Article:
In 1976, Jan was 23, slim, blonde, athletic, a talented pianist, fresh out of Principia College. She’d had a privileged upbringing, she’d even met presidents. To use a phrase popular at the time, the world was her oyster – or should have been.
But her father was John Ehrlichman, recently convicted of conspiracy, obstruction of justice, and perjury for his role in the Watergate cover up. And she was very close to her father – especially so. Maybe they were bound by having made significant mistakes.
John Ehrlichman had moved to Santa Fe, New Mexico to escape the press and bide his time before going to prison. He had also separated from Jan’s mother, who “took it hard” according to Jan.
At that time, divorce was not commonplace, public officials were believed to be honest, and having a child was reserved for the married.
Not sure what to do or where to go – Santa Fe? Home to Seattle that was no longer quite home? Jan took a job for the summer at a camp in Maine. As a self-proclaimed tomboy, experienced sailor and camper, it must have seemed like a good place to retreat to before facing the realities of adulthood. Of being on her own. And being known as the daughter of the disgraced John Ehrlichman.
She was facing the third big challenge in her young life.
From Seattle to the seat of power
Jan was uprooted in high school. One of five kids, she was living a normal Seattle life, school, friends, sports. Her father was an urban land use and zoning attorney. He made a decent living and the family had standing in the community. Jan, second child and oldest girl, remembers a good life, always going camping as a family and taking trips to Mt. Rainier. She said her dad loved fishing and enjoyed teaching the kids to fish.
“He was an outdoors guy,” Jan said. And although she said her dad “was strict,” Jan seems to remember those childhood times in Seattle fondly.
When she was 16, her father moved the family across the country to another Washington – DC, far away in both distance and culture from the laidback West Coast. Ehrlichman followed his friend H. R. Haldeman to work in the Nixon White House. It was an honor and a very powerful job – too good to resist.
Political activism was not entirely new to Ehrlichman. According to Jan, her parents met at UCLA as undergrads, and it was politics that brought them together. John Ehrlichman was working on a candidate’s campaign for student council president, her mother-to-be was campaign manager for a rival candidate, H. R. Haldeman. That was the beginning of the life-long Haldeman – Ehrlichman connection.
Dad’s road to the White House
H.R. Haldeman may have had more political ambition than Ehrlichman (after all, Haldeman was the one running for office in college, John was a campaign manager – a good team). He enlisted John to work for Richard Nixon’s unsuccessful Republican presidential bid in 1960 and his unsuccessful gubernatorial bid in California in 1962. Jan remembers her dad being on the road a lot when she was young.
Then, according to Jan, Nixon asked Ehrlichman to be “tour manager in charge of all the advance men” for his presidential bid in 1968. To make a long story short, Nixon won, and Haldeman and Ehrlichman were invited to be part of Nixon’s inner circle, Haldeman as Chief of Staff, and Ehrlichman as Counsel to the President. He very soon became Advisor to the President for Domestic Affairs, a position he held until April 1973. His office was right above the Oval Office in the White House.
Heady stuff – not only for a Seattle attorney, but also for his family.
Jan found herself at Langley High School in Langley, Virginia, a suburb of DC. Many of her classmates were children of the Washington political elite, for example, a Rehnquist (whose father, William, became Chief Justice of the United States), the son of Peter McCloskey, a congressman from CA, and lots of “military kids.” She still speaks of it with a touch of awe.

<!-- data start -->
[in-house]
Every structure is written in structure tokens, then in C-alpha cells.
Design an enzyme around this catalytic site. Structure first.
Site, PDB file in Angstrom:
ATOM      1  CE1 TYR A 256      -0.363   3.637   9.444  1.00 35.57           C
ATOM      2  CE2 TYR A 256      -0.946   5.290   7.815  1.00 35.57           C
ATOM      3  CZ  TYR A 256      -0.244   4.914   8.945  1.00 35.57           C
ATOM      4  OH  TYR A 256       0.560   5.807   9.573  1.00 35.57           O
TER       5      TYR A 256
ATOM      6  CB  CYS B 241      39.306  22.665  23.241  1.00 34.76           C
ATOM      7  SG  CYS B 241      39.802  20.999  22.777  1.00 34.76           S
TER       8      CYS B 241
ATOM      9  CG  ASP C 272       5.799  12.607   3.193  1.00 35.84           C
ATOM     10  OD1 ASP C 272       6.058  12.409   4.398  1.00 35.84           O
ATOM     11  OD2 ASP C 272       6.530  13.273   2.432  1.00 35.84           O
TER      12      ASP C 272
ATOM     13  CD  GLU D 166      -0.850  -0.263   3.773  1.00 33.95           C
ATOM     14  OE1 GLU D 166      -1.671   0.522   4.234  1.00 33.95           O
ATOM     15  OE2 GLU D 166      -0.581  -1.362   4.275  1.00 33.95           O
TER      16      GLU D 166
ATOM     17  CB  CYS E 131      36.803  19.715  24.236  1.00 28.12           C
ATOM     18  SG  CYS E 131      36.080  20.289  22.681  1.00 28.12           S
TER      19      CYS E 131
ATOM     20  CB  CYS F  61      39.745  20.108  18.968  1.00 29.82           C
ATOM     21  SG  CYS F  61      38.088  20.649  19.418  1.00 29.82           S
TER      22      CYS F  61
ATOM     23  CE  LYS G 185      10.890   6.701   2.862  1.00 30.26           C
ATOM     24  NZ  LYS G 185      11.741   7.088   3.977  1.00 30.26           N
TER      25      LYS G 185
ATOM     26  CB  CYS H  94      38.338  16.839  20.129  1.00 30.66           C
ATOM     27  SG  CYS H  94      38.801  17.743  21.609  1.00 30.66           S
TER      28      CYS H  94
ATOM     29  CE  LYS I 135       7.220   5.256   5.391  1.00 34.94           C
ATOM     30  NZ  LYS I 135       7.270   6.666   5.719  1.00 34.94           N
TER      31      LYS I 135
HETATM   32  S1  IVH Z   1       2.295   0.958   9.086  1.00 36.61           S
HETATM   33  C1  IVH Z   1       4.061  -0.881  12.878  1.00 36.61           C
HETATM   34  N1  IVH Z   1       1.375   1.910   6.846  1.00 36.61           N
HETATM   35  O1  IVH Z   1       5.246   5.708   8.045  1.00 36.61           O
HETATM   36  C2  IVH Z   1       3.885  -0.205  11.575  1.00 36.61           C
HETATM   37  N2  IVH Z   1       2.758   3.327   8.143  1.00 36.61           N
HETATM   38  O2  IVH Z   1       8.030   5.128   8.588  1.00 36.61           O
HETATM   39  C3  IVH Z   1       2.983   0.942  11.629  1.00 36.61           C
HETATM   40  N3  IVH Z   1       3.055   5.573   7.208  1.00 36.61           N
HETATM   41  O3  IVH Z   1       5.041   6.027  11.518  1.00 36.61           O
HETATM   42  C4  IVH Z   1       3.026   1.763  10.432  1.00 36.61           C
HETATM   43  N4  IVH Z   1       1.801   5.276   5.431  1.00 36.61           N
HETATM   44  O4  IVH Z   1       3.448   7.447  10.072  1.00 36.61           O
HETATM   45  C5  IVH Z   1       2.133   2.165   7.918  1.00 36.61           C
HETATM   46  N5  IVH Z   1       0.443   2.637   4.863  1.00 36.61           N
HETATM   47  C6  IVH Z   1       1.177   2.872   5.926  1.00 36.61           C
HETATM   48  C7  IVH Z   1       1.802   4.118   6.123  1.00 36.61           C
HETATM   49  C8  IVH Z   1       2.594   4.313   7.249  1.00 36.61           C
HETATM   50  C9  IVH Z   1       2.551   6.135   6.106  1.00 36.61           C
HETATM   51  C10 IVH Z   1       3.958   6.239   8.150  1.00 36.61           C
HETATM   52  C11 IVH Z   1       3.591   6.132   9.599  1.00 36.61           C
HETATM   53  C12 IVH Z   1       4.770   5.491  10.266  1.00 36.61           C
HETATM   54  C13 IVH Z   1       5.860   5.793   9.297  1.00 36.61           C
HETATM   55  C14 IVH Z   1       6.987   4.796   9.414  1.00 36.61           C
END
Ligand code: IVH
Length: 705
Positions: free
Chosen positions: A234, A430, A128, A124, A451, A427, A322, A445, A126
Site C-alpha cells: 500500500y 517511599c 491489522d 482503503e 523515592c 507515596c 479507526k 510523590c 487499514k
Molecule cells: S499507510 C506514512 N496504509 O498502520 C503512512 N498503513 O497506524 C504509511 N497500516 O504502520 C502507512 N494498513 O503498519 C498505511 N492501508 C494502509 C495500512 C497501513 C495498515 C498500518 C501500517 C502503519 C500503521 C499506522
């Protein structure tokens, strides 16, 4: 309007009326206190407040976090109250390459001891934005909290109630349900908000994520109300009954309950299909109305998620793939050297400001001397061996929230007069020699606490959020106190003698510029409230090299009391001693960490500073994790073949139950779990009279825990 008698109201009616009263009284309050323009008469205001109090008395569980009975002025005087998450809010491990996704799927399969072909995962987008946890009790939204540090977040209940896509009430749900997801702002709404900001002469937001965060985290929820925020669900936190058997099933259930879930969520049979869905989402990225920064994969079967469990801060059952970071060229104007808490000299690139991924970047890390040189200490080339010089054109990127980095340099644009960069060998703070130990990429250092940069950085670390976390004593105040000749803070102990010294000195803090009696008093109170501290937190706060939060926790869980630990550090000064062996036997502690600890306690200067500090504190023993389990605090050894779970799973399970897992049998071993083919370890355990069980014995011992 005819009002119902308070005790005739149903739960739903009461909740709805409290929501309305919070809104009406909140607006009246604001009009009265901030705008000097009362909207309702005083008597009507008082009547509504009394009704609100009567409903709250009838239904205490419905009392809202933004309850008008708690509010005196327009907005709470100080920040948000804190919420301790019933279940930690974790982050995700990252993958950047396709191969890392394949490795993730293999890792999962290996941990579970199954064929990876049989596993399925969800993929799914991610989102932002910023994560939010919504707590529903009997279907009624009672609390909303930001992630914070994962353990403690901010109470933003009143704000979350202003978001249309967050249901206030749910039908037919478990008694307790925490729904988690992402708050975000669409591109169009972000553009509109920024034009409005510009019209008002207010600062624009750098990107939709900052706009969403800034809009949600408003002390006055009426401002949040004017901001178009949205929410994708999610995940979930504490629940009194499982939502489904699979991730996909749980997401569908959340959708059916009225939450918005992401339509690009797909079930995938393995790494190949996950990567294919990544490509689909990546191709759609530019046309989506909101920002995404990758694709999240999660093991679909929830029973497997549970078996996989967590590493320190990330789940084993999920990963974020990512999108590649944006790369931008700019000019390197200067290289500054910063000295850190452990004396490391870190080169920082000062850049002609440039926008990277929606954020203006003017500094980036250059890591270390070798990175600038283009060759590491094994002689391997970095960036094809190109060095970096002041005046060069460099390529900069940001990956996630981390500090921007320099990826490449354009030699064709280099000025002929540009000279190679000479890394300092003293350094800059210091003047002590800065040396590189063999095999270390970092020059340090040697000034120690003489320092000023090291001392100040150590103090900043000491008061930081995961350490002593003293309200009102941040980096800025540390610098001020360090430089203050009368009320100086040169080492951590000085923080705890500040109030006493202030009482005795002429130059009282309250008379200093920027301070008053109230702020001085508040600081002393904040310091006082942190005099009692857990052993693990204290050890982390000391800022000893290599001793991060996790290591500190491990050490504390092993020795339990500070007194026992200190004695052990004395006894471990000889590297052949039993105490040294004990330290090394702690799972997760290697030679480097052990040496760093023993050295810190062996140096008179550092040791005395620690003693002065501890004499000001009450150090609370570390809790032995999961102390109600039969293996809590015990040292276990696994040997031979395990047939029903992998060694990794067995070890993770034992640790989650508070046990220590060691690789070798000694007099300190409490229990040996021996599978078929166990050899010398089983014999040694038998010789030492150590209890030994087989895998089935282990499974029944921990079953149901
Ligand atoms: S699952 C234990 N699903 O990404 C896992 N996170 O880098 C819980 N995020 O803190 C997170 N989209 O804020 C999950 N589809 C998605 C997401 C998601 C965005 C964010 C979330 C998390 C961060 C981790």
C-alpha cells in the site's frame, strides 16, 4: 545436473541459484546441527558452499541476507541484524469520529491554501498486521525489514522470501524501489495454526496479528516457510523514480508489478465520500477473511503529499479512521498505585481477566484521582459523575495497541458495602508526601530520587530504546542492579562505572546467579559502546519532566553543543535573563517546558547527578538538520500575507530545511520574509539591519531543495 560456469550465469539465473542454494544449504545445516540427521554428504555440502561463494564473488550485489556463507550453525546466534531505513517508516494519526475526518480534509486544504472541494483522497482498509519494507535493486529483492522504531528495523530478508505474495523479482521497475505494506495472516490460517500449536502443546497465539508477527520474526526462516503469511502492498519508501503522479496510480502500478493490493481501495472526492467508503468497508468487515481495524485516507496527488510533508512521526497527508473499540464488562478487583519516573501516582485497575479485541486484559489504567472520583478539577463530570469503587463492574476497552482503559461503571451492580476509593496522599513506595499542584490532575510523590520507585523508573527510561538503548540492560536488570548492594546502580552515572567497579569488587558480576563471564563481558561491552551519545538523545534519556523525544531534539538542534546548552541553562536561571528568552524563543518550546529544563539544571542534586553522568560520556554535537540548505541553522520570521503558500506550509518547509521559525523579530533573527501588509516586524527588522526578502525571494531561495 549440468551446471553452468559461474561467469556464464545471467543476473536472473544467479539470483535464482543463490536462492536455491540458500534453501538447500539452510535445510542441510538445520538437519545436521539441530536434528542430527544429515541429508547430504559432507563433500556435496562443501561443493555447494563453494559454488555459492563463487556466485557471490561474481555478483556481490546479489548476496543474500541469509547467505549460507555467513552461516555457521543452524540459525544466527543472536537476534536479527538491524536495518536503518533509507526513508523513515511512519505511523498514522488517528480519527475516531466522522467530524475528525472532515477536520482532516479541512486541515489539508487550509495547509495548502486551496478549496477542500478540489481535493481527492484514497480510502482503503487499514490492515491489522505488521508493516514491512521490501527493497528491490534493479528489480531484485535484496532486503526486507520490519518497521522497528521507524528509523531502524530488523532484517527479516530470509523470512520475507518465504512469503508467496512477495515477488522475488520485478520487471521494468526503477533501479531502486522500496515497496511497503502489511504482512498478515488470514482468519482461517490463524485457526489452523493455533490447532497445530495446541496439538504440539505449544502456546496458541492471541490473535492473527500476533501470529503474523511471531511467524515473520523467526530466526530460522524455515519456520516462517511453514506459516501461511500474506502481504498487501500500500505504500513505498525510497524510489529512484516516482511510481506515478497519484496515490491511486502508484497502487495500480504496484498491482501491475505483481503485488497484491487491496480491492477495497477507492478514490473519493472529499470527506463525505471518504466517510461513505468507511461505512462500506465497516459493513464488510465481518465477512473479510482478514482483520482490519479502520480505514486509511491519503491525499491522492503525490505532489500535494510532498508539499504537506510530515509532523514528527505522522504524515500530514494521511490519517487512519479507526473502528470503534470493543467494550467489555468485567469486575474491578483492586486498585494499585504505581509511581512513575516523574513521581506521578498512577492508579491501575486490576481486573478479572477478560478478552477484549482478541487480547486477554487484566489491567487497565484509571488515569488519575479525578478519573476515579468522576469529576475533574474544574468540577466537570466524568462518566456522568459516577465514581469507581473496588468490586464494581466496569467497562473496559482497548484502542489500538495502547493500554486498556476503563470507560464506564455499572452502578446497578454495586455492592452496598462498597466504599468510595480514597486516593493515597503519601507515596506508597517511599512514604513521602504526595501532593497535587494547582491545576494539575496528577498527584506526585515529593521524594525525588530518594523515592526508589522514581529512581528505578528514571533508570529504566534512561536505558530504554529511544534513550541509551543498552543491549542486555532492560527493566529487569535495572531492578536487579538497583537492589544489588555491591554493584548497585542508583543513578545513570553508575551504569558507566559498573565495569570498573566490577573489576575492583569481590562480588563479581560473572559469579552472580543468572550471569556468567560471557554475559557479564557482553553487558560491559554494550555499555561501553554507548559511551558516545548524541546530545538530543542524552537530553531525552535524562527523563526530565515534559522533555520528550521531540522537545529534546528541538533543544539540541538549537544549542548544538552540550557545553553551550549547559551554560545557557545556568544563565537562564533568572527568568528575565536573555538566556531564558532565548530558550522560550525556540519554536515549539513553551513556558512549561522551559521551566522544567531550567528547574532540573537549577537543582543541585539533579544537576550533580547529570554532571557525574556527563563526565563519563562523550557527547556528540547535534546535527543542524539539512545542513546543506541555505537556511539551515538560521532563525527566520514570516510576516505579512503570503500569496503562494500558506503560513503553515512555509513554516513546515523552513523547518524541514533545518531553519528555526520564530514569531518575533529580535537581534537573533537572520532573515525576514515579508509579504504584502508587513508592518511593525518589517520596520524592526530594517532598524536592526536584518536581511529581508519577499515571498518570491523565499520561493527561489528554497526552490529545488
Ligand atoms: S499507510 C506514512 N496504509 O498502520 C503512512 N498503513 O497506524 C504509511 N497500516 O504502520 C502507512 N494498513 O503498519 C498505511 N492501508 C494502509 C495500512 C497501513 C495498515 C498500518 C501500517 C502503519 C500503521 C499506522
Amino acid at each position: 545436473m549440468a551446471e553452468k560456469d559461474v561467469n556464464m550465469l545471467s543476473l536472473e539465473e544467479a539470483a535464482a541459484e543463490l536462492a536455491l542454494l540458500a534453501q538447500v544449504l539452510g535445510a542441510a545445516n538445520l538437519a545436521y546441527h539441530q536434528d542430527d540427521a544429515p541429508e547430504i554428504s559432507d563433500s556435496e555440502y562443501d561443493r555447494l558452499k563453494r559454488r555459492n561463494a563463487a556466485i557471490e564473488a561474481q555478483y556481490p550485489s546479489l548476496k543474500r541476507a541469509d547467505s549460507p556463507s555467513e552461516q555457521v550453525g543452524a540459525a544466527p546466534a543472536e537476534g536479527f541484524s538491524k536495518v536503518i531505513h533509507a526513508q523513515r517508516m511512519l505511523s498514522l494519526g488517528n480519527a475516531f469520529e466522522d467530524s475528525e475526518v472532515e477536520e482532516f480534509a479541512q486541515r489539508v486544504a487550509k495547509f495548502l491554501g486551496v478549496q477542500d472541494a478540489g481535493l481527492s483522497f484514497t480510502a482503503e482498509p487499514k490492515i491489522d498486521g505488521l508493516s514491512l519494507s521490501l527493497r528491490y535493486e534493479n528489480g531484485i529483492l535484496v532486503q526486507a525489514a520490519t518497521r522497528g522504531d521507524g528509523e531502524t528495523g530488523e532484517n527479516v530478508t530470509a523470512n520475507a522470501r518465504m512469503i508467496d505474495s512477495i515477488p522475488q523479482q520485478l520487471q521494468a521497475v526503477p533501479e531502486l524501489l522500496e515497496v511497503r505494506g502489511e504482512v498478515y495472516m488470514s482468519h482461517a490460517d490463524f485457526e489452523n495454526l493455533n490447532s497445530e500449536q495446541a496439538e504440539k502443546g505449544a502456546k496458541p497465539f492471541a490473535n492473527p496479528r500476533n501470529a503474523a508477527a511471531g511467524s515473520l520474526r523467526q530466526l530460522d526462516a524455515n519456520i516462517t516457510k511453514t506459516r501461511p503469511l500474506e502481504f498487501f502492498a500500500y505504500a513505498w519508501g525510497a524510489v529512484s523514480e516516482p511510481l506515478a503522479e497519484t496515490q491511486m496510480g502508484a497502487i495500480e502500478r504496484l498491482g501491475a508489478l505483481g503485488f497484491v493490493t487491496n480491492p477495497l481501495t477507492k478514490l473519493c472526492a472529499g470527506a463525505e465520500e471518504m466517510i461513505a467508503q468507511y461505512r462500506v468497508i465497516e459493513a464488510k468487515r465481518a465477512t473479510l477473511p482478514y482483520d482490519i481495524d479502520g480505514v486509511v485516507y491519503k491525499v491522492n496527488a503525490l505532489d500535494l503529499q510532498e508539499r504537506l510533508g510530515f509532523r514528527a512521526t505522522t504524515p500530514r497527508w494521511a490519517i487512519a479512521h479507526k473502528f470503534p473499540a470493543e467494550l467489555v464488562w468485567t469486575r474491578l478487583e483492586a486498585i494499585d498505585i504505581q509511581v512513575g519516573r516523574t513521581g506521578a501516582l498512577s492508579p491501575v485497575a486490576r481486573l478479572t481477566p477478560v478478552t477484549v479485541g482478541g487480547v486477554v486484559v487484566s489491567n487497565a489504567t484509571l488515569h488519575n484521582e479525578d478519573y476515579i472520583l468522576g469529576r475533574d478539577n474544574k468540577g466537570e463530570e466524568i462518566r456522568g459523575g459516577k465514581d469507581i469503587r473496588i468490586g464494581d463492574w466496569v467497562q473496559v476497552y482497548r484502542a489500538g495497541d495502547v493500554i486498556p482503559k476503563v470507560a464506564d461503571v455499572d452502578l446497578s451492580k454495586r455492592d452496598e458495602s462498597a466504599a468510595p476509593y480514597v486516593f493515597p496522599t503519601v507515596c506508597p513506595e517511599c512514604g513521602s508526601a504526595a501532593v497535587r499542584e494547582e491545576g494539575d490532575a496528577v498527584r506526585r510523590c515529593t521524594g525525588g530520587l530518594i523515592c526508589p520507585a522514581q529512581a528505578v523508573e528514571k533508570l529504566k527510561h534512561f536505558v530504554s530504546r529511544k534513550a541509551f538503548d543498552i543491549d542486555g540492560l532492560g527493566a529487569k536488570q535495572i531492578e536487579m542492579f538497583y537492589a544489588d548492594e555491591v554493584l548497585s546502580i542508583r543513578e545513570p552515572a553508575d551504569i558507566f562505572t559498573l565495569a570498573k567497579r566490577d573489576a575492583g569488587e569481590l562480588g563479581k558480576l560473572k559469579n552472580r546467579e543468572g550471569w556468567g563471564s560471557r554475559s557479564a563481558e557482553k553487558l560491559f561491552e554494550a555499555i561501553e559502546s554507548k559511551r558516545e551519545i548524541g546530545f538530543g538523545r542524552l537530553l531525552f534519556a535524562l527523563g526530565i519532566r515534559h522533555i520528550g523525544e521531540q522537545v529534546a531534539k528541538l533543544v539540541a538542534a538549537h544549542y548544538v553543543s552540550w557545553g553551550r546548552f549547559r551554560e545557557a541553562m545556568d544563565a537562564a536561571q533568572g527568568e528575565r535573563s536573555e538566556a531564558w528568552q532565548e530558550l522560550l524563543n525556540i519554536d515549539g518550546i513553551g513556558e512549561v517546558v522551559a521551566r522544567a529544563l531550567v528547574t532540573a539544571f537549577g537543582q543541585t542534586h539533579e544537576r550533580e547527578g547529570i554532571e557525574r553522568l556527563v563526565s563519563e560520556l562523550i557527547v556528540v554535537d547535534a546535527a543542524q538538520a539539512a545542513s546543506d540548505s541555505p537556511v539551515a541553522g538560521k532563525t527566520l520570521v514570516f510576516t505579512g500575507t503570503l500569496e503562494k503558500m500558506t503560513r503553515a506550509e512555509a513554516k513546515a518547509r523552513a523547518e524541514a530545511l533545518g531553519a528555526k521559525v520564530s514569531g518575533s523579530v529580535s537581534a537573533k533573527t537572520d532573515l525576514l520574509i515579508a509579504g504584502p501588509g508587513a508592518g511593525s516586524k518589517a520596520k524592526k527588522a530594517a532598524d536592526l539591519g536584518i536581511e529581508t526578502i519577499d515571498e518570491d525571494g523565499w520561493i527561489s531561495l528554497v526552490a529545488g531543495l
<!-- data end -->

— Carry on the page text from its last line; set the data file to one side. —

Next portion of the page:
“I remember going to Camp David a lot with the Haldemans. I was in my teens, and recall being worried that my younger brother and sister would think this was normal life – sitting by the pool and having people in uniform wait on us – get us soft drinks whenever we wanted,” Jan said. And there were parties, political events – and the knowledge that her father was a very powerful man.
“We didn’t talk politics at home, but we’d have to wait dinner until he got home. Being part of it all was pretty cool, actually,” Jan said.
Dabbling in politics and in life
So when Nixon was running for a second term for the 1972 election and John Ehrlichman’s job was on the line, Jan worked on the presidential campaign. After her freshman year in college, Jan, home in DC, was in the thick of it, part of a group of children of the powerful. Among them were Hank Haldeman, her good friend for years and son of H.R. Haldeman, and Jack Ford, son of President Gerald Ford (He became President when Nixon resigned the presidency). They shared a lot – felt the urgency and energy of political campaigning, of working together for a common goal. It must have seemed like membership in an exclusive club.
And although being with the political elite was not new, this was the first time Jan took an active role in politics. It also led to one of the most significant experiences of her life. Her second immense challenge before the age of 21.
Although the ‘60s saw the advent of “free love,” love and sex without marriage, in the early ‘70s, it was still a bit radical. And for Jan, it was anything but free. Young and impressionable, and a child of the ‘60s, Jan fell in love and became pregnant. It was 1972, she was the daughter of a national leader.
Jan was packed off to England. The story was she went there to be a nanny. She lived with people she had never met, friends of friends, a “wonderful family,” Jan says now and she did indeed, take care of their two small children. She had to change her name because her dad was on the front page of the London Times almost every day. She watched him every night on BBC news.
And, said Jan, “I hid. I spent a lot of time in my room, reading, writing.”
She was there for five months, had the baby, a girl, and adoption was arranged. “It was a very, very hard time,” Jan said. The world – and more importantly, her family, told her to forget her child.